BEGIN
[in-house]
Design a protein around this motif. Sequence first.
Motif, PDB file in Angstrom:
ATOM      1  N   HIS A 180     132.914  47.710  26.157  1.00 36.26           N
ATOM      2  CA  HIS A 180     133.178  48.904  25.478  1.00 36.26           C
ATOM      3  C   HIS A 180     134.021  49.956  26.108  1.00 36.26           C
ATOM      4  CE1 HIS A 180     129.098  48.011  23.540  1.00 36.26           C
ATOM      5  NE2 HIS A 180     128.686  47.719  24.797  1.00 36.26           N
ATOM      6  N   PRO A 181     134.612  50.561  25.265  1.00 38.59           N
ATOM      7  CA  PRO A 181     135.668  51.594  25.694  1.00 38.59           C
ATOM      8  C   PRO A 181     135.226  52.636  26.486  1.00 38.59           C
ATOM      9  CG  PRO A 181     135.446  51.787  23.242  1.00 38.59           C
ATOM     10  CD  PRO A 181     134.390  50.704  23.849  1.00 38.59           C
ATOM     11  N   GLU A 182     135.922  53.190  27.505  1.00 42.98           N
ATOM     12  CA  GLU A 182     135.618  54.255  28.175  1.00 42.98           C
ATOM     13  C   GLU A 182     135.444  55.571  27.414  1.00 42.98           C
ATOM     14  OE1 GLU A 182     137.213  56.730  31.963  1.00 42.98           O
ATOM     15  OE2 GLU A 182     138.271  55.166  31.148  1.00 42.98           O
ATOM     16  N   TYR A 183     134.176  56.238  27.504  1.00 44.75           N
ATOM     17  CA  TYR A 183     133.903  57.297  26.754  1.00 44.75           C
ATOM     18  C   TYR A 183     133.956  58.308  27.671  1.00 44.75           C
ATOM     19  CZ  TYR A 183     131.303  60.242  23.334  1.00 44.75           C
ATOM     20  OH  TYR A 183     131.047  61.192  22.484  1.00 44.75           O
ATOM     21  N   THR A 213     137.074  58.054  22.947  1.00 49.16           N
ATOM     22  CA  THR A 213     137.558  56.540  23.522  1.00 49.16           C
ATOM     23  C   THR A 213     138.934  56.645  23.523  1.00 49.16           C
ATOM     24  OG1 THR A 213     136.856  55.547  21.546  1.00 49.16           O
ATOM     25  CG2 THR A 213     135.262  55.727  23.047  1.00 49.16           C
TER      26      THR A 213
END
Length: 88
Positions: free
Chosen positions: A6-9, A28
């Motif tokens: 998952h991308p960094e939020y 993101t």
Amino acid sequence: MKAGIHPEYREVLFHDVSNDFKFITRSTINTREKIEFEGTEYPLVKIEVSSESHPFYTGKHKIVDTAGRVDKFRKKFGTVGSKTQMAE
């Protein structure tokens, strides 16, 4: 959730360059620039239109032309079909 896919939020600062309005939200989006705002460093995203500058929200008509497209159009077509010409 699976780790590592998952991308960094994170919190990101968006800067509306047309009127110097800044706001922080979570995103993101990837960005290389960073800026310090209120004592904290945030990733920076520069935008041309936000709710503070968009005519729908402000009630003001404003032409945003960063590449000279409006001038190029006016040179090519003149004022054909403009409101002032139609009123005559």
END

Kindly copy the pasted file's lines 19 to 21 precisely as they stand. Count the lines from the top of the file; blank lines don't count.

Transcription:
ATOM     16  N   TYR A 183     134.176  56.238  27.504  1.00 44.75           N
ATOM     17  CA  TYR A 183     133.903  57.297  26.754  1.00 44.75           C
ATOM     18  C   TYR A 183     133.956  58.308  27.671  1.00 44.75           C